The combat effectiveness of the B-2 was proved in Operation Allied Force, where it was responsible for destroying 33 percent of all Serbian targets in the first eight weeks, by flying nonstop to Kosovo from its home base in Missouri and back. In support of Operation Enduring Freedom, the B-2 flew one of its longest missions to date from Whiteman to Afghanistan and back. The B-2 completed its first-ever combat deployment in support of Operation Iraqi Freedom, flying 22 sorties from a forward operating location as well as 27 sorties from Whiteman AFB and releasing more than 1.5 million pounds of munitions. The B-2’s proven combat performance led to declaration of full operational capability in December 2003.
Global Warming is the sun

Labelle, FL

#14 May 27, 2007
Keep it coming, love! Keep it coming, love!
Don't stop it now, don't stop it, no, don't stop it now, don't stop!
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Don't let your well run dry, don't stop it now.
Don't give me no reasons why, don't stop it now!
Keep it coming, love! Keep it coming, love!
Don't stop it now, don't stop it, no, don't stop it now, don't stop!
Keep it coming, love! Keep it coming, love!
Don't stop it now, don't stop it, no, don't stop it now, don't stop it!
Don't build me up just to let me drop, don't stop it now!
Don't turn me on just to turn me off, don't stop it now!
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Don't stop it now, don't stop it, no, don't stop it now, don't stop!
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Don't turn me down and just close your door, don't stop it now!
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Don't stop it now, don't stop it, no, don't stop it now, don't stop!
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Don't stop it now, don't stop it, no, don't stop it now, don't stop it!

Keep It Coming Love Song Lyrics
Global Warming is the sun

Labelle, FL

#15 May 27, 2007
The B-52 Bomber

On the ground, the Boeing B-52 has all the elegance of a Mack truck. As it lumbers toward the runway, its long wings struggling with the weight of eight engines, fuel, and often a deadly cargo of bombs or missiles, observers might feel safe placing bets that the plane will never leave the ground. But, accompanied by the roar of its massive engines, the plane gathers speed and pushes off the ground. And airborne, it acquires the elegance of a bird, soaring freely overhead.



And it is an old bird. A half century after first entering service, the Boeing B-52 Stratofortress, nicknamed BUFF (Big Ugly Fat Fellow) by aircrews, is being flown by a new generation of pilots, young enough to be the grandchildren of the original pilots and often younger than the planes they are flying. Originally expected to serve for merely a decade, the B-52 remains the backbone strategic bombing plane for the U.S. Air Force (USAF) and is often still the first weapon sent against a combatant nation. This is a rather impressive record for a plane whose development program was canceled four times.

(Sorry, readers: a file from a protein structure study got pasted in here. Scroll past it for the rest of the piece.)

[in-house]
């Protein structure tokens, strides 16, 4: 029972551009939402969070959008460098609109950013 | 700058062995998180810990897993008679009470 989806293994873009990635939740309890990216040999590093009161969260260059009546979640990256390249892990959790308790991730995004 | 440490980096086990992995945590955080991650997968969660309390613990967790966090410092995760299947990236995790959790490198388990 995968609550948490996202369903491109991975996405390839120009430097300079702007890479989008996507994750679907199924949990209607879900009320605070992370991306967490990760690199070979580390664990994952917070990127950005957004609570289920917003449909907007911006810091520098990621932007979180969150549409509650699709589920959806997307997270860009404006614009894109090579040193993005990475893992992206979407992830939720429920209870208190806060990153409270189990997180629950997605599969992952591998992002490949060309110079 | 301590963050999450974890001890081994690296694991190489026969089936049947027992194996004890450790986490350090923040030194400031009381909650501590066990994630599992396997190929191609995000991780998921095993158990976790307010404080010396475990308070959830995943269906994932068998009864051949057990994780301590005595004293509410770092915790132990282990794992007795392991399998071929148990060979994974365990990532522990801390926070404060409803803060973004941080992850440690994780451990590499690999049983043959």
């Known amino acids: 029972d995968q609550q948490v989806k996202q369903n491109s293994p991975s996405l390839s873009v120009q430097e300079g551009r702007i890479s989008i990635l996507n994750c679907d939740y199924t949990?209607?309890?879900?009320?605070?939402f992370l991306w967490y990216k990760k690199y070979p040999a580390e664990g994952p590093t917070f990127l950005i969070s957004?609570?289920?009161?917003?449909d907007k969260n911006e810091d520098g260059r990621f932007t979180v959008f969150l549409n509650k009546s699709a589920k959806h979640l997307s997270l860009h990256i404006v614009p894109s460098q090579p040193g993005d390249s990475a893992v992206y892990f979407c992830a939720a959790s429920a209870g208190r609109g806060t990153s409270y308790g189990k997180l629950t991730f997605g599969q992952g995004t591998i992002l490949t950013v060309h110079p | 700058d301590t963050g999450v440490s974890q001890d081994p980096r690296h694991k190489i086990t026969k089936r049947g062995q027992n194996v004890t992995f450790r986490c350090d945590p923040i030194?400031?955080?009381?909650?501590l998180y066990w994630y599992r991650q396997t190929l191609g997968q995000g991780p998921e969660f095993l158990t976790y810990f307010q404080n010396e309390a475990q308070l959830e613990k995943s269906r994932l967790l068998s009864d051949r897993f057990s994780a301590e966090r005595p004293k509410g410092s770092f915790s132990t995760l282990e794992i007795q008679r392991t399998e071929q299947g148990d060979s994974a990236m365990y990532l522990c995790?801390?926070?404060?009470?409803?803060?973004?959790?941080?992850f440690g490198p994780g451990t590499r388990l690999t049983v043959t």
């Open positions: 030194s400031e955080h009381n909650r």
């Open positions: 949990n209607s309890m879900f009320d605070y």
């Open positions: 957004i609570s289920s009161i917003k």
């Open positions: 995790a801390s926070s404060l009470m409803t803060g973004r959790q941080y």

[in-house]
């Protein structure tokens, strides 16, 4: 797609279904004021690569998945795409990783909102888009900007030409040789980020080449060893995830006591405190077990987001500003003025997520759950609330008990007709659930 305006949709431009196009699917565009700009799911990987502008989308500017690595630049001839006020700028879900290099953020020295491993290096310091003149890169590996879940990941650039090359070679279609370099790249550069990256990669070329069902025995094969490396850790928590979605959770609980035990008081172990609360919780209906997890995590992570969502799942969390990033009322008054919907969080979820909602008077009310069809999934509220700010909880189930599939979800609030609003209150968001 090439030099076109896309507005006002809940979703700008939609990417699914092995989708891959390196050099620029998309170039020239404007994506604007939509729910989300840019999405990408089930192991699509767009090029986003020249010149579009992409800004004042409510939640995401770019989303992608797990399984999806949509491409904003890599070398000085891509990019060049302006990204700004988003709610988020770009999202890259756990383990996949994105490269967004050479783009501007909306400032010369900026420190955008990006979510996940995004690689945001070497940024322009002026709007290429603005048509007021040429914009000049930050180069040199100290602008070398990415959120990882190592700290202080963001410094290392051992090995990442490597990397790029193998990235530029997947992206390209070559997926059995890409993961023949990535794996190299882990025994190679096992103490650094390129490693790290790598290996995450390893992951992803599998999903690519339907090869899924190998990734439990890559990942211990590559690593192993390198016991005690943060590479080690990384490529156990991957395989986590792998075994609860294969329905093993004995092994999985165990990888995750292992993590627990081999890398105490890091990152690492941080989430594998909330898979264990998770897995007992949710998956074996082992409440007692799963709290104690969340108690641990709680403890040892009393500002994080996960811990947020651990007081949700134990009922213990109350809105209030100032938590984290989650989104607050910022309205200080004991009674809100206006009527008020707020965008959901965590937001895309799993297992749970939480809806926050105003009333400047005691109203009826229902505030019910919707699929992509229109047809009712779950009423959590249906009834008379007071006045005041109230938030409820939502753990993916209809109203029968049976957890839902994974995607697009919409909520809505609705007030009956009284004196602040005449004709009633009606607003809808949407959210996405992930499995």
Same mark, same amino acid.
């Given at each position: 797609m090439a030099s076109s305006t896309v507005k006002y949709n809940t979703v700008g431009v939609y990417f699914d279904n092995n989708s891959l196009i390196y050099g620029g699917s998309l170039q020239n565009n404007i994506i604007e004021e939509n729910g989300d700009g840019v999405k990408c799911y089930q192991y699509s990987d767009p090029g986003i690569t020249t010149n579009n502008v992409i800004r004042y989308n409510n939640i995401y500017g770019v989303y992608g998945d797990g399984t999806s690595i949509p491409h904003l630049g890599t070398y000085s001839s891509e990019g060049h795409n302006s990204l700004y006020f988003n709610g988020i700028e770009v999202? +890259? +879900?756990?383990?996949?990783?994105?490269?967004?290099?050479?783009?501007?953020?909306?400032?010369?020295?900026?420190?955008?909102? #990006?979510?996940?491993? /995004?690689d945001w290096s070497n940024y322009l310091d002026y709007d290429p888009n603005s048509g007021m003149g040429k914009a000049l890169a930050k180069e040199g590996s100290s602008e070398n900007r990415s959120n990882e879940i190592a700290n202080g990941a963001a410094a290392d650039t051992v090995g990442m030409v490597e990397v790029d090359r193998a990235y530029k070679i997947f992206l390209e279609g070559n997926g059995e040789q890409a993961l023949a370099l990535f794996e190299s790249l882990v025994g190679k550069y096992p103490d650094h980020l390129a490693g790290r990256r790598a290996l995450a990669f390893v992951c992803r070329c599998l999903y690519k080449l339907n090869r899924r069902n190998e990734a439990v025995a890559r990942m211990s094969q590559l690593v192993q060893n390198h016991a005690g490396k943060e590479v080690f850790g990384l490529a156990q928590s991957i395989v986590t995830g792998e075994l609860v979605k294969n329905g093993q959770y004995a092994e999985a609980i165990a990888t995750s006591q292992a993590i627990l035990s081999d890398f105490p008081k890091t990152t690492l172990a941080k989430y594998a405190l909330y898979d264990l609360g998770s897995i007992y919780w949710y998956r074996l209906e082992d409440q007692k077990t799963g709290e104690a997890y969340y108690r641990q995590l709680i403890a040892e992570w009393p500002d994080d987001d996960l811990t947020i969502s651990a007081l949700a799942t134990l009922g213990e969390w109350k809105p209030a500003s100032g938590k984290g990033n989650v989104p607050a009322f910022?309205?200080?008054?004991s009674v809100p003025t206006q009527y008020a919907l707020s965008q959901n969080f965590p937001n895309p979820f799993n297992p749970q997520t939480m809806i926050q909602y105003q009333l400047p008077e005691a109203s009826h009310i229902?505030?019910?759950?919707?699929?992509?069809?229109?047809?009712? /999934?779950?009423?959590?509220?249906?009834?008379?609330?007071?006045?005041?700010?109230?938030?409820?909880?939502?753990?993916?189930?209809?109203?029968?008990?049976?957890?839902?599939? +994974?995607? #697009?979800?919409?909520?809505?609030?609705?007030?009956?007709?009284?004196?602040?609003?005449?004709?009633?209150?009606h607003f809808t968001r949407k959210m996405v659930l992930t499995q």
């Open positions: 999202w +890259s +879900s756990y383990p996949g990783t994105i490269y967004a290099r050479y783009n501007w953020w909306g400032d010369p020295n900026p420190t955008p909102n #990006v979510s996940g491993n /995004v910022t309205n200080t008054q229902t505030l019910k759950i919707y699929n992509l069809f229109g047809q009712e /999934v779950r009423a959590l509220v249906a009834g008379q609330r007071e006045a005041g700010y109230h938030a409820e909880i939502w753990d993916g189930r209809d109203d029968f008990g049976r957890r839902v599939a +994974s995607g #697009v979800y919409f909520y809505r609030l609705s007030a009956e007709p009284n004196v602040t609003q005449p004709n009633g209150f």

The program that resulted in the B-52 began in 1946. The Boeing B-29 that had dropped the atomic bombs on Japan in 1945 had already been replaced by the Boeing B-50. In 1947, the next generation of intercontinental strategic weapons delivery aircraft was ushered in with the deliveries of the Convair B-36, the biggest bomber ever to serve with the USAF, and the jet-engined Boeing B-47. But air force planners already knew that technological developments would make these bombers obsolete quickly. In January 1946, they sent out requirements for a new bomber that could fly at a top speed of 450 miles per hour (724 kilometers per hour), with a service ceiling of at least 40,000 feet (12,192 meters) and a range of more than 5,000 miles (8,047 kilometers) carrying 10,000 pounds (4,536 kilograms) of bombs. Proposals were received by military planebuilders Boeing, Consolidated Vultee, and Martin. The Boeing entry, a design named Model 462, which was powered by six turboprop engines, came out ahead and was given further funding with instructions to make it a faster plane.

Global Warming is the sun

Labelle, FL

#16 May 27, 2007
Using advances in technology, the Boeing engineers swept the wings back at a 20-degree angle. Based on the success of the B-47’s jet engines, they replaced the turboprops with similar jet engines. In-flight refueling capabilities, one of the first, were added. On a Friday afternoon in October 1948, a group of engineers presented the plan to an officer at Wright Field in Ohio. He viewed it and ordered them to "give it more speed." The engineers returned to their hotel and spent the weekend improving the model. On Monday they emerged with Model 464-28, now nicknamed the Stratofortress. The wings were given a 35-degree sweep, and two more engines were added. The air force authorized Boeing to build two prototypes, the XB-52 and the YB-52.
The YB-52 was completed in November 1951. But rather than the normal festivities that accompany such events, the air force demanded top secrecy. When the plane was wheeled out of the plant, they demanded it be covered with muslin (although it is hard to imagine what it could be mistaken for), test flights had to be done at night, and all negatives of photos taken had to be developed at a secure location in Washington, D.C. Although these measures now seem extreme and almost paranoid, they reflected the times, when Cold War enemy Russia would have given anything for some of the B-52’s technology. Finally, more reasonable heads prevailed and restrictions on the B-52 were lifted after several days.